before. My best friend is
away at school in a dif-
ferent state and I'm more
. alone than ever. How am I
supposed to survive allthis
alone? ALWAYS.ALONE
DEAR ALONE: Please
accept my sympathy for
the tragic loss'of your
father, who paid the ulti-
mate price for his addic-


tion. You write well and
are obviously intelligent. If
you're still in school, coun-
seling may be available for
you if there is a counselor
on staff. Because your
mother is emotionally
unavailable and your best
friend is out of state, your
friend's mother might be
willing to listen and advise
you during this difficult
period.

DEAR ABBY: My moth-
er-in-law is a widow. She
says she no longer wants
to be addressed as Mrs.
because she is not mar-
ried. I thought that once
married you were always a
M-s. unless you choose to
be a Ms. Isn't it proper for
a widow to be addressed
as Mrs.? DAUGHTER-IN-
LAW IN WASHINGTON
STATE
DEAR DAUGHTER-
IN-LAW: As a widow your
mother-in-law can continue
to use her married name
- or adopt any name she
chooses. If she prefers not
to be called Mrs. her wish-
es should be respected.
Some widows prefer to be
called "Mrs. John Jones"
for the rest of their lives,
while others do not. If your
mother-in-law prefers "Ms.
Betty Jones," that's fine,
too. It's a personal choice.


* Write Dgar Abby at
www.DearAbby.corn or
P.O. Box 69440, Los
Angeles, CA 90069.


HOROSCOPES


SNUFFY SMITH


ZITS


GARFIELD


B.C.


FRANK & ERNEST


ARIES (March 21-April
19): Keep a low profile and
take care of business. It's
important to clean up loose
ends so you can assess
your situation and move
forward with an open mind
and a set goal. Don't let
emotions interfere with
what needs to be done.

TAURUS (April 20-May
20): Love is in the stars,
and a little romance will
do you good. Volunteer
or offer your services to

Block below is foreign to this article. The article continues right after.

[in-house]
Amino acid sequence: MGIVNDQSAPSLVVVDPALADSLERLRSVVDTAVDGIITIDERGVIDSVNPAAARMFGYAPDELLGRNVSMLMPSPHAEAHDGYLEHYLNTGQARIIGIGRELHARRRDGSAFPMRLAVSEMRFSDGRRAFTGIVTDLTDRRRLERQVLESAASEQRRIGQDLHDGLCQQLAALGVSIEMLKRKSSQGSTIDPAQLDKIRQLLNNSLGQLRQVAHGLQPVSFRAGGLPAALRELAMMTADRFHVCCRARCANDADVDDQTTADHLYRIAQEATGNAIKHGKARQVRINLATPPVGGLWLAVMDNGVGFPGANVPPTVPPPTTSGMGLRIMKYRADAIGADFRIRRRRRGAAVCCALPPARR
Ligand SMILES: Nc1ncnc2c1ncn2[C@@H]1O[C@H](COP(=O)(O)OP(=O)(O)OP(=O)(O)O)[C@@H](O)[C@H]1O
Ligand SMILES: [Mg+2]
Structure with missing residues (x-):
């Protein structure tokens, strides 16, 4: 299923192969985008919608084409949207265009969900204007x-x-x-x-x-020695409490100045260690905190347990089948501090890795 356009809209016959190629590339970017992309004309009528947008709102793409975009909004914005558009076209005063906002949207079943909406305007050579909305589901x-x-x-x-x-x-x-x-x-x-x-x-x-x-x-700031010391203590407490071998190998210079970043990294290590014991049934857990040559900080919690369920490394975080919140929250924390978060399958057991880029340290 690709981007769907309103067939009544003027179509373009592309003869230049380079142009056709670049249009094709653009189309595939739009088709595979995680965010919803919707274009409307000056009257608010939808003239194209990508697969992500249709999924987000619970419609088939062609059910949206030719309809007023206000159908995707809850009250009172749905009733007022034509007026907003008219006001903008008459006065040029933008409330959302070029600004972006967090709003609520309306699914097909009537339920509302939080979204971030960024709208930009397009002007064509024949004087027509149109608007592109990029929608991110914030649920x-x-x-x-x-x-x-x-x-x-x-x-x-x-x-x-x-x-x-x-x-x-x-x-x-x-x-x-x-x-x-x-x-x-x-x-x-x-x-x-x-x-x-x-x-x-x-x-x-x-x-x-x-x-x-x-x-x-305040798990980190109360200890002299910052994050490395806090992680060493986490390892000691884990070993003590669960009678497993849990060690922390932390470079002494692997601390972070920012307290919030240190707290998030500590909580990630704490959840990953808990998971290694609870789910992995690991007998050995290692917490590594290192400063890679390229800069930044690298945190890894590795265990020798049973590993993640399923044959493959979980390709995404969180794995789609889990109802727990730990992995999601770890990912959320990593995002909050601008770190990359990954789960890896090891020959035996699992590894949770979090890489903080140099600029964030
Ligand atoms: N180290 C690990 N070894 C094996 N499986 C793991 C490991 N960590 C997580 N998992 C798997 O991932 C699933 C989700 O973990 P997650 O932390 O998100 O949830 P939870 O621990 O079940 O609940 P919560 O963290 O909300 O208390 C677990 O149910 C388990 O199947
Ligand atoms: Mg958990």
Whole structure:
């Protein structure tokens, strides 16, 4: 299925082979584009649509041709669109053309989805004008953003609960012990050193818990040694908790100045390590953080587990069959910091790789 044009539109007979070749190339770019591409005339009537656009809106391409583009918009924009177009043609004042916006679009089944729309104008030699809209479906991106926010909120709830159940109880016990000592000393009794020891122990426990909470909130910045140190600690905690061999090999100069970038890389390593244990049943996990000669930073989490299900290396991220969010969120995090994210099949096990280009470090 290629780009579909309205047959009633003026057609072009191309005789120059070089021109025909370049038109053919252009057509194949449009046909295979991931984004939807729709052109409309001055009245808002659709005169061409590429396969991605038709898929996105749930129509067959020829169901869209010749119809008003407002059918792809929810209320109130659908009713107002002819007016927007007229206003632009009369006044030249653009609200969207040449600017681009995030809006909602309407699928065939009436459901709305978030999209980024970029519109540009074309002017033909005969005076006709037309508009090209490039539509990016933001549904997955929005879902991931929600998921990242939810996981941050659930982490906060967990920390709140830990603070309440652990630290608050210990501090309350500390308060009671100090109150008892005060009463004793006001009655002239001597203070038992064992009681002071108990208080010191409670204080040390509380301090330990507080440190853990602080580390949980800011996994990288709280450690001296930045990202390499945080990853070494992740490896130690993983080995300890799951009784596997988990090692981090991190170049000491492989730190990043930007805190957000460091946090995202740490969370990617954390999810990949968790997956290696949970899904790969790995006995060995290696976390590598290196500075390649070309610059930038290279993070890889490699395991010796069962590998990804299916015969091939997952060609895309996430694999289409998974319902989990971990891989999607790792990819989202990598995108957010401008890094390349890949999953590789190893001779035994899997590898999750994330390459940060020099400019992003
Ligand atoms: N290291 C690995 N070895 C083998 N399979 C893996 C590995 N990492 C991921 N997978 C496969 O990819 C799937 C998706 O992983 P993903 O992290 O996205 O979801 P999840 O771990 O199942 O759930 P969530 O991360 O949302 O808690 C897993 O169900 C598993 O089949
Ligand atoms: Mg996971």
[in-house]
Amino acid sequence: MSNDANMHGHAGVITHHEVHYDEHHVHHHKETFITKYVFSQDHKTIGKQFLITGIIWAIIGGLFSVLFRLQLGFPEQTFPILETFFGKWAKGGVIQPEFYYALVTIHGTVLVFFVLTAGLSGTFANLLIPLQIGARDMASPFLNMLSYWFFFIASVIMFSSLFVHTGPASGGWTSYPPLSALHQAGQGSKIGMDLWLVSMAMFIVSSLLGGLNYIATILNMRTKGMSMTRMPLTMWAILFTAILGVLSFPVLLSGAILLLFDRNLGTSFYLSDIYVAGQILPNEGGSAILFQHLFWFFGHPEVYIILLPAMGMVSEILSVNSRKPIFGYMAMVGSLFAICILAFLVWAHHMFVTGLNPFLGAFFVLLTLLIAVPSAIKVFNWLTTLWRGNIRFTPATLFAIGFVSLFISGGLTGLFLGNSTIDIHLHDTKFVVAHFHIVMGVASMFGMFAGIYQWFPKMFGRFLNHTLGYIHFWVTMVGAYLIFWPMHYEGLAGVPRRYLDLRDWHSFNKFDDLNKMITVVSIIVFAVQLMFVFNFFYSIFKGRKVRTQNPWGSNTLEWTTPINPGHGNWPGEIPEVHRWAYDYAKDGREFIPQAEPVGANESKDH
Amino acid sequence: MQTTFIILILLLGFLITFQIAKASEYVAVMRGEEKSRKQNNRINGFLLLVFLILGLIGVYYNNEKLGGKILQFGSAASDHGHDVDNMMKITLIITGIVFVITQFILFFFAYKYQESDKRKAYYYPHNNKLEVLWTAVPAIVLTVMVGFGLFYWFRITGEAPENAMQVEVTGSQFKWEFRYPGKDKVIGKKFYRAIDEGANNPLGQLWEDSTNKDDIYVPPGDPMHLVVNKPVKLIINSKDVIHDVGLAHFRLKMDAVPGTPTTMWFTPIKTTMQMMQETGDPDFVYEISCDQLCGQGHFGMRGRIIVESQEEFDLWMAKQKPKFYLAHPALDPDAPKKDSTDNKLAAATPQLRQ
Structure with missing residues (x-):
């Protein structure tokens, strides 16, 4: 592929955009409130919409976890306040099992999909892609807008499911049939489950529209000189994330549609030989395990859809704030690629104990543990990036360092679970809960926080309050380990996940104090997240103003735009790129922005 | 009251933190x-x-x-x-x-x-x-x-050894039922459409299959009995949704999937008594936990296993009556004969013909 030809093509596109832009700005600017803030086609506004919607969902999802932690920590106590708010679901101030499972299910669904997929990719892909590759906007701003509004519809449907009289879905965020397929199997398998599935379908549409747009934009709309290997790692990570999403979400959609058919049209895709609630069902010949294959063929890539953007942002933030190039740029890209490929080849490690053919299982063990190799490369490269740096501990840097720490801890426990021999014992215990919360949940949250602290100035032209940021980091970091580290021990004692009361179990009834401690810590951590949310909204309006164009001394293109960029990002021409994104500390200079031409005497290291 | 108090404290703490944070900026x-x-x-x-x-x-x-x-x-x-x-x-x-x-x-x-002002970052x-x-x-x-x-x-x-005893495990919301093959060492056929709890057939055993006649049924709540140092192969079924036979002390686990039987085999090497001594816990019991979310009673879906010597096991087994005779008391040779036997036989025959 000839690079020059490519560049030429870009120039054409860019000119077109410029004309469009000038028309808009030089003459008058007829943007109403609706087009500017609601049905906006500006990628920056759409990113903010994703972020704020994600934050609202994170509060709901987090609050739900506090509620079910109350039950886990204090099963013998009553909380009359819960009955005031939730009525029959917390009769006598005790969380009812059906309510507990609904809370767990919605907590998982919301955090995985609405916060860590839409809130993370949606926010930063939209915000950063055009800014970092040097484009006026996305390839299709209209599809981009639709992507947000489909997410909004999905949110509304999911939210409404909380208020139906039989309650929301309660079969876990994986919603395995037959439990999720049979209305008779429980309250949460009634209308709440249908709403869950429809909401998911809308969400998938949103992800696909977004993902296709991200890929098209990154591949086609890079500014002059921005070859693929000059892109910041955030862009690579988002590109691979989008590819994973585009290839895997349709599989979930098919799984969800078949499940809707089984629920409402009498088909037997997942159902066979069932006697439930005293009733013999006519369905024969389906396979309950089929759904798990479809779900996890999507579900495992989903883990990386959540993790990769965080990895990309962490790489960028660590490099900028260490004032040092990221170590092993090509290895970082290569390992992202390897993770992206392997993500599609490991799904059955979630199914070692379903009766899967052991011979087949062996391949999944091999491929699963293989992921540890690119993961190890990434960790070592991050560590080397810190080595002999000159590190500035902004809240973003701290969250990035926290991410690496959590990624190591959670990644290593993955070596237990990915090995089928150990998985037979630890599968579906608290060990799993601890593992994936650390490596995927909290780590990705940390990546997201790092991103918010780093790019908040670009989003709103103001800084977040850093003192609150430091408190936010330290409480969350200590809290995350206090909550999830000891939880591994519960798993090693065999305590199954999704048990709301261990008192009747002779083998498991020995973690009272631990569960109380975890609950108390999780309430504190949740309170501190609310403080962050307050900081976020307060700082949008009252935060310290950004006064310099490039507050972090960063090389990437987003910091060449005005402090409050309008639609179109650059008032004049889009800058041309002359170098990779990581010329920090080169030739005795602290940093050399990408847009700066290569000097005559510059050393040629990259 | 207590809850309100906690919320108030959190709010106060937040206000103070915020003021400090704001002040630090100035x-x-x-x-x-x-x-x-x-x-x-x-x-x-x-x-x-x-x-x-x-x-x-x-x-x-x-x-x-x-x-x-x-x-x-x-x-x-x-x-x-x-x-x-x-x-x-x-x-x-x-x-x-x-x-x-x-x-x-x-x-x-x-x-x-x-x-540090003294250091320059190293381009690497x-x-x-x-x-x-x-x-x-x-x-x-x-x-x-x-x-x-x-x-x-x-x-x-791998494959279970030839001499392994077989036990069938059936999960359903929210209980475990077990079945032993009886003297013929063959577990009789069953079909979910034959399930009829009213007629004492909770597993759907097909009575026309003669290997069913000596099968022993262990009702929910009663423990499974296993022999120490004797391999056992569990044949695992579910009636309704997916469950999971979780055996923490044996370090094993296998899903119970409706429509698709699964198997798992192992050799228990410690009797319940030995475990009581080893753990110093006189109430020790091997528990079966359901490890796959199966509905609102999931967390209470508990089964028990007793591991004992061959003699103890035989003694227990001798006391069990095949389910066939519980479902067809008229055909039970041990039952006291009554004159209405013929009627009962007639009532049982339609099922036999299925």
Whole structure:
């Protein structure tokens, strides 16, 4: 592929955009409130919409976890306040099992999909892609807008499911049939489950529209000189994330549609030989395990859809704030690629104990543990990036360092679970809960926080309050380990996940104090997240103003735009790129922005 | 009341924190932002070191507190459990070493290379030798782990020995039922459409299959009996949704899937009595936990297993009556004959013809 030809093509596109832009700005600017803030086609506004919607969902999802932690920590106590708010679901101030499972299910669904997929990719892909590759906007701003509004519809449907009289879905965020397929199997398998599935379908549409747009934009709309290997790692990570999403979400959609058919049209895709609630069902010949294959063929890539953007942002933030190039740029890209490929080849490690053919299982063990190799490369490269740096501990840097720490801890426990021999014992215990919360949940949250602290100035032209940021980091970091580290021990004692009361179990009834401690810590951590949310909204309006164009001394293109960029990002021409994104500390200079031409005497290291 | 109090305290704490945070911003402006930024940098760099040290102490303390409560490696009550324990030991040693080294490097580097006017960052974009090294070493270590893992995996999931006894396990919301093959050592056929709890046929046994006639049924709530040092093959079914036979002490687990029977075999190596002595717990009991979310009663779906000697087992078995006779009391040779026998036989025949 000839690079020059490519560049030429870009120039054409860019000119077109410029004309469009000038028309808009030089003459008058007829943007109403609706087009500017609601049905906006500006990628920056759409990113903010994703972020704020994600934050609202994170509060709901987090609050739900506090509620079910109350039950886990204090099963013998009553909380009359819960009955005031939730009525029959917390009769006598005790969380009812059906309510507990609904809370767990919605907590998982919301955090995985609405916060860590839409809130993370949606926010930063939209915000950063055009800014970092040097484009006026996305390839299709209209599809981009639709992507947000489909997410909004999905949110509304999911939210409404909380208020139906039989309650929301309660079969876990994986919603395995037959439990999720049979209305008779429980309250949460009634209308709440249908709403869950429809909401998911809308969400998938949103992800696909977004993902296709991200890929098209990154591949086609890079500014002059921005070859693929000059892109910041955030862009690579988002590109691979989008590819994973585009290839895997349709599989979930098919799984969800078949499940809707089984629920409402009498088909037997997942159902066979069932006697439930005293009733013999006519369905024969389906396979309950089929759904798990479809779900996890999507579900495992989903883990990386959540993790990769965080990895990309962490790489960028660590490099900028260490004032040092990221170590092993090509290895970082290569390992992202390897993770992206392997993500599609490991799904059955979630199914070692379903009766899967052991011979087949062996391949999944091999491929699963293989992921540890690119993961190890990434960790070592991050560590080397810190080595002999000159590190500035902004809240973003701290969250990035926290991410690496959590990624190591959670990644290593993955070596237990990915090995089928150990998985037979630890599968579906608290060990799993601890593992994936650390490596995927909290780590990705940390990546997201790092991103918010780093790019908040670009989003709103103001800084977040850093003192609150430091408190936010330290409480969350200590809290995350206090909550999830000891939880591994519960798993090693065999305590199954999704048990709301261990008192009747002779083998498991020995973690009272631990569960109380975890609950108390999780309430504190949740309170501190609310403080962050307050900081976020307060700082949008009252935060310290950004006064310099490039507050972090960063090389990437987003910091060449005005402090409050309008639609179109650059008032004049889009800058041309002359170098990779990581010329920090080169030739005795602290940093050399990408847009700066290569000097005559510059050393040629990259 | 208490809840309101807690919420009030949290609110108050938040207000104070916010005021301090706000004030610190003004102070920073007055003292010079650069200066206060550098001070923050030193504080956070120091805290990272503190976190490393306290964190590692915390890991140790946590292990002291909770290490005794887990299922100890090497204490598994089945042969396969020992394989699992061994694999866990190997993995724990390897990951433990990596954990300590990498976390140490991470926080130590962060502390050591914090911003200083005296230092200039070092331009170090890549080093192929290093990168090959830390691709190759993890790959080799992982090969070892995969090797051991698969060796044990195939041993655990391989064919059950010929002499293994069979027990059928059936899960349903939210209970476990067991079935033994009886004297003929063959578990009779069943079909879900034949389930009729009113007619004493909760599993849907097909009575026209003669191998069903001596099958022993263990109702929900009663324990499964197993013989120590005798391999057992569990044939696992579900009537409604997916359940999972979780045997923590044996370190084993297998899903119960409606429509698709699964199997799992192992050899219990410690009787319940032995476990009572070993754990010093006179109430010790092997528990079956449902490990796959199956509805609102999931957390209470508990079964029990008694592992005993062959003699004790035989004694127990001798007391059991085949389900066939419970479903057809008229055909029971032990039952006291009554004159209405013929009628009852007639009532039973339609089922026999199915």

a campaign you believe in
and you will meet some-
one interesting. Nurturing
friendships and business
relationships will bring
excellent results. ****
GEMINI (May 21-June
20): Volatility should
be your prime concern.
Whether it is in your per-
sonal life, an organization
you are involved with or a
potentially ugly situation,
protect your interests and
retreat before it's too late.

CANCER (June 21-July
22): Live, love and laugh.
You have to enjoy life, not
let it pass you by or just
endure it Let down your
guard a little and experi-
ence new people, places
and interests. Take action.
Make changes at home
that add to your comfort.

LEO (July 23-Aug.


THE LAST WORD
Eugenia Last

22): You'll be tempted to
overspend on people and
on items you don't need.
Impulsiveness and spon-
taneity can be wonderful
attributes, but can also
get you into trouble. Stick
close to home and avoid
fast-talking sales people.

VIRGO (Aug. 23-Sept.
22): You'll be drawn to
people who are aggressive
and who know how to get
things done. Take part
in whatever is going on
around you ,and you will
enjoy the results you get.
Not everything has to be
perfect to work. ***
LIBRA (Sept. 23-Oct.
22); Look, see and'do. It's
up to you to take charge
and to make things hap-